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At the time of his settlement, the manse, or parsonage house, was in ruins. Till a new one should be erected, he found it necessary to board in a decent family in the parish. This circumstance contributed to enable him afterwards to make those active exertions, not strictly professional, by which he was to improve his own condition, and to extend his usefulness as a member of society. With almost undivided attention, he devoted this early period of his life to the acquisition of useful knowledge, to the discharge of public duty, and to the culture and improvement of his own heart and character. In that department of the service of our church which is called lecturing, the result of his researches and reflections was given in unpremeditated language, suggested during the progress of delivery. But for many years, his sermons were generally composed and mandated with care. As his memory was uncommonly strong and retentive, he never had occasion to exhibit his manuscript in the pulpit, or even to avail himself of a compend or abridgment in the form of notes. Whether dis.

discourses read or pronçunced are to be preferred, is a question which has been agitated keenly both by critics, and by the body of ordinary hearers. But the question admits not of solution, since all, men do not possess the same faculties in the same degree. They whose diffidence is invincible, or who, 'without an expence of time and labour incompatible with other duties, cannot preach without the aid of paper, are not reprel ensible 'for having recourse to this expedient, But where there exists no defect or decay of the necessary powers, it must be allowed, that, by the opposite practice, a public speaker may render himself more acceptable and more inpressive. The ends of all eloquence are to convince or to persuade. These ends no man at the bar, in the senate, or in any popular assembly, expects to attain by a cool recitation of manuscripts brought into view. It is with men also, that the pulpit orator has to do, and therefore he cannot reasonably hope, that, by opposite means, his purpose is to be accomplished. In so far as he undertakes to inform the understanding, the prac

tice admitted in the churches of this kingdom may be resorted to with advantage. But if he would awaken the affections and determine the conduct; if he would rouse the secure, and strike terror into the guilty conscience; if he would stimulate the slothful, and soothe into peace the mourner in Zion, his eloquence must assume a higher and more empassioned


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our youthful messenger

Such was that of of grace and truth. What he delivered came from the heart, and seemed to come from it While he was in the habit of writing régular ly, scarcely a topic of the Christian system, whether it related to faith or to practice, was left untouched. By this early diligence, he accumulated treasures, from which he could afterwards bring forth at pleasure things both new and old. Nor did his application to study interfere with the execution of the plan that he had adopted for performing the more private pastoral duties. From the earliest to the latest days of his ministry, he was regular and assiduous in visiting the families committed to his care, in catechising the young and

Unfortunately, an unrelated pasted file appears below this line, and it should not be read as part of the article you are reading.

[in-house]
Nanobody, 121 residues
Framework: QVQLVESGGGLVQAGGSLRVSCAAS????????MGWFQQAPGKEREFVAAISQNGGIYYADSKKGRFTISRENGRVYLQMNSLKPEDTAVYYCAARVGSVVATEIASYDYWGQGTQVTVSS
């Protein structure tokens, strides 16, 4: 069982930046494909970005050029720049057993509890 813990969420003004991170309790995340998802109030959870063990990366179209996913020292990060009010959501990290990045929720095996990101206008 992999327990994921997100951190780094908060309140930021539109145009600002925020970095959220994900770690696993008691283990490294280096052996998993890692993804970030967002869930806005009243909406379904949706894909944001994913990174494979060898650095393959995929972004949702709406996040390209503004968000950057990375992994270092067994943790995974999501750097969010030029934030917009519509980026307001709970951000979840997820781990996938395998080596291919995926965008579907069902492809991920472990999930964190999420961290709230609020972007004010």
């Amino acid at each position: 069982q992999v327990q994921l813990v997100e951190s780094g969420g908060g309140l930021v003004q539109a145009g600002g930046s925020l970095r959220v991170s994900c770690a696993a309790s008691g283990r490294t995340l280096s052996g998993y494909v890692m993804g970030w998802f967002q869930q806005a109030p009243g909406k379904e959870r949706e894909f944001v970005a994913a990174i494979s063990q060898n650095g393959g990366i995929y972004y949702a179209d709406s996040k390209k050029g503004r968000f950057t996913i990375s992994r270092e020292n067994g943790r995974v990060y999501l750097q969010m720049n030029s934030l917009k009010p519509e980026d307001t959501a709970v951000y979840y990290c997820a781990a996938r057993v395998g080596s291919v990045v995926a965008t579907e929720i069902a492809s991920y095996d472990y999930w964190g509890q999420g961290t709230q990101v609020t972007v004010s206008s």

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the aged, in superintending and examining the schools of the district, in investigating the intellectual and moral attainments of those who desired admission to sealing ordinances, in counselling and reproving the thoughtless and unwary, and in pouring the balm of consolation into the hearts of the afflicted and the dying.

When he had fully established his reputation, the university of Edinburgh, without any solicitation on his part, unanimously conferred on him the degree of Doctor in Divinity, June 12. 1786.

The ecclesiastical establishment, to which he belonged, presented a favourable field for the exercise and display of his talents. The constitution of the church of Scotland assigns to every individual of the sacred order, the same series of pastoral labour, the same rank in society, the same measure of legislative, judicial, and executive authority. At the æra of the Reformation, it assumed this republican form. In turbulent times it had been repeatedly assailed by the arm of power, or corrupted by the

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innovating spirit of faction. But in 1688, the claims of the country to the restoration of presbytery were distinctly recognised by the Revolution settlement; and, in 1707, the articles of Union between the two kingdoms, into which this island had till then been devided, declared the doctrine, worship, discip line, and government of this church to be fixed and unalterable.

To speculative men it may perhaps appear, that, to render her thus independent of the state, was to erect an imperium in imperio, and to reverse that order which, in other countries, is supposed essential to the existence of government and civil society. But the subject has been brought to the test of experience; and the alarms of theory have been quieted by the irresistible evidence of fact. Precluded from exorbitant measures of wealth or power, and associated with laymen as constituent members of all the ecclesiastical courts, the clergy of this church are effectually restrained from being formidable in their stations. Blessed with the fostering care of the sovereigns who have successively

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